Yes, that’s a new project I’m really excited about. At one of the last Comedians With Disabilities Act I was talking to a lot of the young women at the show and a lot were coming at the world from a social justice perspective and it just seemed like they really embraced that and embraced me. And the thing that I really enjoy about comedy is reflecting somebody else’s experiences. So I thought, ‘who do I know that’d be a great part of that?’ So I got Queenie TT involved, who’s a great friend of mine. She has lymphedema so she’s been in some Comedians with Disabilities Act shows. And then Karinda Dobbins who I’ve also worked with and Kelly Anneken. They’re all really strong performers and positive for women. Also they don’t compromise what their values are so I really feel that it’s a quality group.

How has feminism and disability activism influenced your comedy?

It’s the perspective you take. Just like we were saying earlier, ‘do you make yourself the joke or do you make other people the joke?’ There are a few times when I make myself the joke but when I do it’s something that’s very personal and not group oriented. So I think that’s really important. And just to be socially conscious of the material you do. Also I feel that standup comedy is a practice of free speech and where better to challenge misogyny?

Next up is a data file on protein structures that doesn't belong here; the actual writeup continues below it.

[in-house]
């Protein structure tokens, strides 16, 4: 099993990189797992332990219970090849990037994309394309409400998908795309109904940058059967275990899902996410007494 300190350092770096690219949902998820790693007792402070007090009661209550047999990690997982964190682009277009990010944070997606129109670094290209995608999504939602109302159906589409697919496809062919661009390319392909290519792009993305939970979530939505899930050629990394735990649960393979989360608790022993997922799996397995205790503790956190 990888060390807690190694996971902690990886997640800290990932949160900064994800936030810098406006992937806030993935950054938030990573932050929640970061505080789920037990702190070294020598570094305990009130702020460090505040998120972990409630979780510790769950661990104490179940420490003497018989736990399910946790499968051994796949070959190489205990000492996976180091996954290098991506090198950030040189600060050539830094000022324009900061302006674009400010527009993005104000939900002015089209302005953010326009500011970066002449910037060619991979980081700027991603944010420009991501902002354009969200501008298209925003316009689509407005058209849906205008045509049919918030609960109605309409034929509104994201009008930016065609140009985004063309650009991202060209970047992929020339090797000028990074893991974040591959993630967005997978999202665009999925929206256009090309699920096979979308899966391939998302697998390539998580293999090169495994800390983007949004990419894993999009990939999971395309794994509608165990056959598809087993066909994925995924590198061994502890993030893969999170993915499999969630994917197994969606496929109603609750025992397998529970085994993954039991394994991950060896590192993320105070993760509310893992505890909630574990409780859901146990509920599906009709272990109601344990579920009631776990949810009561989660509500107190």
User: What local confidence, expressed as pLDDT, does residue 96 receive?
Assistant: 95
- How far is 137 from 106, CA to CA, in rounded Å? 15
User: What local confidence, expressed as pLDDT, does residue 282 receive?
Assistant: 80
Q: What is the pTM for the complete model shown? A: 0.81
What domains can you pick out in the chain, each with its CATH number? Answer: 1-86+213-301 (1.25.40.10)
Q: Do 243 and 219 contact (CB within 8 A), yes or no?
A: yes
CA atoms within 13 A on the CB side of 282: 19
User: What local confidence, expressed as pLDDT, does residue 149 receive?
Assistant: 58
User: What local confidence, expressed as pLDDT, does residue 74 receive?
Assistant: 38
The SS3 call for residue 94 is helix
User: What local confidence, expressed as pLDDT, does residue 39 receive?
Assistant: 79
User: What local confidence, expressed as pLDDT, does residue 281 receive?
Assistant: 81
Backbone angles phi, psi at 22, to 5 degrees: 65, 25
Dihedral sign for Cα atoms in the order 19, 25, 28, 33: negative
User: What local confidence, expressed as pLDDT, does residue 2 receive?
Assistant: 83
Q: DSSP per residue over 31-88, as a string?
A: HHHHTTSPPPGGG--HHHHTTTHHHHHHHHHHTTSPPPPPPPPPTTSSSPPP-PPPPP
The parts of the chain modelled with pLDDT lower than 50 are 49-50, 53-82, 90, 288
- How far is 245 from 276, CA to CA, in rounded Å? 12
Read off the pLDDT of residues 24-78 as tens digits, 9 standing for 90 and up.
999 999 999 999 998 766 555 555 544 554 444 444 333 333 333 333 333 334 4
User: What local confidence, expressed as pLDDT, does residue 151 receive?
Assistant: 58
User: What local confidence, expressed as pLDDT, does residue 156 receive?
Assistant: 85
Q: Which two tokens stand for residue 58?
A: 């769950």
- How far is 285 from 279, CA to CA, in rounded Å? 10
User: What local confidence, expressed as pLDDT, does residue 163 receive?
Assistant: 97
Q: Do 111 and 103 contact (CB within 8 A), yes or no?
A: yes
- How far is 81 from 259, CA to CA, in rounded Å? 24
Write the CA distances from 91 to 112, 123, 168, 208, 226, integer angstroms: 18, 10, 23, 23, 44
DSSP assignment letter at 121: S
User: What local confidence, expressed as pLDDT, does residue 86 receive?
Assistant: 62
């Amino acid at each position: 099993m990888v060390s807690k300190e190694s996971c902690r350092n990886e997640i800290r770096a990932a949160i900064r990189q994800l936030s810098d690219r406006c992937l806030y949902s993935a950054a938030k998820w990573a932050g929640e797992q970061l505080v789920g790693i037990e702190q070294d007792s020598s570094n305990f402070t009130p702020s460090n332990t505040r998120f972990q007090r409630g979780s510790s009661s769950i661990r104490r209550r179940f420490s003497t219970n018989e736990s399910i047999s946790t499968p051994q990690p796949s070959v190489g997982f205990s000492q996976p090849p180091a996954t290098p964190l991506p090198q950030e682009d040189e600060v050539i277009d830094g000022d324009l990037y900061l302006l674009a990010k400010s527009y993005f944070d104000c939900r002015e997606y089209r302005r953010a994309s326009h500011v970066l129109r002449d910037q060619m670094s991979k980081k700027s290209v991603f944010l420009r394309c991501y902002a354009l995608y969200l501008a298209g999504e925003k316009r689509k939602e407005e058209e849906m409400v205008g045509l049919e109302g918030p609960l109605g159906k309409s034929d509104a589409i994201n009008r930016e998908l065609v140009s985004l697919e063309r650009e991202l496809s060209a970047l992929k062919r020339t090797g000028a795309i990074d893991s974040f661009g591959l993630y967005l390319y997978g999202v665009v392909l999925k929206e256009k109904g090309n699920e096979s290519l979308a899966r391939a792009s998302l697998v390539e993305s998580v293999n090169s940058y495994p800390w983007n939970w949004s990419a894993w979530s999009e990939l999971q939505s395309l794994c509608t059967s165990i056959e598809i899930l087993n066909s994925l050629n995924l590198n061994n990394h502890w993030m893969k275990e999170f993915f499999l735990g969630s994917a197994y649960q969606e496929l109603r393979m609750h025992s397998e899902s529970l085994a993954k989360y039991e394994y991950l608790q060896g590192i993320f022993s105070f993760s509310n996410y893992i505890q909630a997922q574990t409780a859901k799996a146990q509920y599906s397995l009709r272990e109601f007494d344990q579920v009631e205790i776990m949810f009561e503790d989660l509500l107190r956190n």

You can find out more about the fabulous Nina G. on her website and facebook page, and receive her hilarity in tweet form here


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Call for Submissions- Disabled Writers

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We are happy to announce we are now accepting submissions for an upcoming anthology of disabled writers!

This exciting book project will feature diverse, cross-disability authors committed to illuminating the disability experience and amplifying the many voices of the disabled/crip community. This anthology seeks to highlight compelling, thought-provoking topics related to disability that often go overlooked or underreported. We are seeking to bring attention to the vast and talented disabled community, dispel stereotypes and misconceptions about people with disabilities and foster disability culture. People of color and gender and sexual minorities are strongly encouraged to submit.